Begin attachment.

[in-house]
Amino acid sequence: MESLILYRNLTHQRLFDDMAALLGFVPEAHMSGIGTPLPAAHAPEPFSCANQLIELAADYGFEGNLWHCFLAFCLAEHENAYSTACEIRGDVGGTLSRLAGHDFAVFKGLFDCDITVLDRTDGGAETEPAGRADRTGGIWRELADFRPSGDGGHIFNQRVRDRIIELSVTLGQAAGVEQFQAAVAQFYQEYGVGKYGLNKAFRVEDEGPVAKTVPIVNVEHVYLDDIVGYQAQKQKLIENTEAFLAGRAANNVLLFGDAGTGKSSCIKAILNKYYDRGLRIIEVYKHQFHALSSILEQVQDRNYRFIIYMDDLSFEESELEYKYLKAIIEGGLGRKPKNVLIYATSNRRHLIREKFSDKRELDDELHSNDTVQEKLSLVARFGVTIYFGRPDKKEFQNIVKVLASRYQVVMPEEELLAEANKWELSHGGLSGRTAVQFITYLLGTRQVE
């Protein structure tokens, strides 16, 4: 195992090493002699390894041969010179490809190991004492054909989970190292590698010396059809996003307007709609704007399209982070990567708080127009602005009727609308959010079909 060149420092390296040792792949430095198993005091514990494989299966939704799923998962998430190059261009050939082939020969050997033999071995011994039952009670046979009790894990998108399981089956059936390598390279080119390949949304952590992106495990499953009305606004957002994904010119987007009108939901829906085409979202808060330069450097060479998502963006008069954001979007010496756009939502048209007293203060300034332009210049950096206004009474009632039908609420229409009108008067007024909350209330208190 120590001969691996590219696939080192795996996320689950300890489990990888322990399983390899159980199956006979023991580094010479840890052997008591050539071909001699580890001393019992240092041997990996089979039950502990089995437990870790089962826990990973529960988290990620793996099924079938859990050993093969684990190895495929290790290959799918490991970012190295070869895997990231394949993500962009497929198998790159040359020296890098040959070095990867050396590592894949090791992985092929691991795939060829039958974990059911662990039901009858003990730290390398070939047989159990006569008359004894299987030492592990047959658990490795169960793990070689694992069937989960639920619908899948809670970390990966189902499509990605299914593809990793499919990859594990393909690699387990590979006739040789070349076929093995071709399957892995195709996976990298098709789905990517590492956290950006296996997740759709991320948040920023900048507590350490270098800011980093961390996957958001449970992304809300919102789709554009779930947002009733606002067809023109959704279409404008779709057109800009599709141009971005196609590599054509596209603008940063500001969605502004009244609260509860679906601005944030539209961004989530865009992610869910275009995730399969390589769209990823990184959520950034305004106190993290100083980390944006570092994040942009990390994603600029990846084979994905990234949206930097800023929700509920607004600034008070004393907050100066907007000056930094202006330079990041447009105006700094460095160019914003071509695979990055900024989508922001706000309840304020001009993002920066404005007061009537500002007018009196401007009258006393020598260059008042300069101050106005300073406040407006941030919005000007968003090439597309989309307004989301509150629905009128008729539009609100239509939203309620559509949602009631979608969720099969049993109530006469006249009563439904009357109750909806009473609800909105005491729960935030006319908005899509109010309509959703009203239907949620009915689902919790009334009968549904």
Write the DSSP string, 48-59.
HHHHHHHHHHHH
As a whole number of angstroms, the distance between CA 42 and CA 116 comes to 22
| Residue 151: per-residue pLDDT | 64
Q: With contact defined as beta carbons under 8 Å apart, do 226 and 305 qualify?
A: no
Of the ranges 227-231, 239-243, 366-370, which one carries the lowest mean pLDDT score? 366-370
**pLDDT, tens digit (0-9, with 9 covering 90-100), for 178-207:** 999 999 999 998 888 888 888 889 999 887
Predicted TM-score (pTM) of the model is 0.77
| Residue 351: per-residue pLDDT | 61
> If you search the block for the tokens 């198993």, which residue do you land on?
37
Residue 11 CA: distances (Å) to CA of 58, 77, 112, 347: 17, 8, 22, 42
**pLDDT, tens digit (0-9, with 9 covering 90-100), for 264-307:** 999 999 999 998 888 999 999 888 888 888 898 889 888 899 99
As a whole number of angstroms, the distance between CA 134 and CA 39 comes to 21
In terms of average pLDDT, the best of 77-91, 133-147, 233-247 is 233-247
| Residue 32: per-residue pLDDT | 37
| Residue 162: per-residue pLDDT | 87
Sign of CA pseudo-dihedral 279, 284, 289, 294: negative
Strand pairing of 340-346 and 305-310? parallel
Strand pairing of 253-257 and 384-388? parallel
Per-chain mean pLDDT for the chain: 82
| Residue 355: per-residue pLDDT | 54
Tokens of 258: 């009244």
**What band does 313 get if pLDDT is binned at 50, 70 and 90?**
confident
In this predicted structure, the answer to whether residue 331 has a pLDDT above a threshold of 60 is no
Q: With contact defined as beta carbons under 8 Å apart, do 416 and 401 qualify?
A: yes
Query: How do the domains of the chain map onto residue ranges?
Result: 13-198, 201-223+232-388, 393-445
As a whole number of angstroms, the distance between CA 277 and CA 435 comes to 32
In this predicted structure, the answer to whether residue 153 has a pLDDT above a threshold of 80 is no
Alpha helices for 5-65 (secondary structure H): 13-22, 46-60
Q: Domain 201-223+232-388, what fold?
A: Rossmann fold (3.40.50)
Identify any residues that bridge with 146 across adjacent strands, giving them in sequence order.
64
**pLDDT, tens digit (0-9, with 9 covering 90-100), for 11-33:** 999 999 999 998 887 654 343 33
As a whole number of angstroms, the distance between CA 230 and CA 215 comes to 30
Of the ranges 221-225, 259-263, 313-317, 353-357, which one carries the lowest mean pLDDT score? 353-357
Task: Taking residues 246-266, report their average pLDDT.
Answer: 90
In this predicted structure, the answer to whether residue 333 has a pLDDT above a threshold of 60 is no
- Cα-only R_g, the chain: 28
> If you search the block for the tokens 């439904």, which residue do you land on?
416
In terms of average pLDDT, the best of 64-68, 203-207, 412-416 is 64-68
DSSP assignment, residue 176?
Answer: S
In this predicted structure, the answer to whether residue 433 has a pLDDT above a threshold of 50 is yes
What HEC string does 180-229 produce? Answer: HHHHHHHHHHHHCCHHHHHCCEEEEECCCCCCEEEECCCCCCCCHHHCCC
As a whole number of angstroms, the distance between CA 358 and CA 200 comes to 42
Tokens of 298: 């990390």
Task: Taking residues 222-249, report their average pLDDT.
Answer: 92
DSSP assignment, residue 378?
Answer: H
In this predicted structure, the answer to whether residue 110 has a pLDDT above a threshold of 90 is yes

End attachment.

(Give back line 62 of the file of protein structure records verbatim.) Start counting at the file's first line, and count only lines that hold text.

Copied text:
In this predicted structure, the answer to whether residue 110 has a pLDDT above a threshold of 90 is yes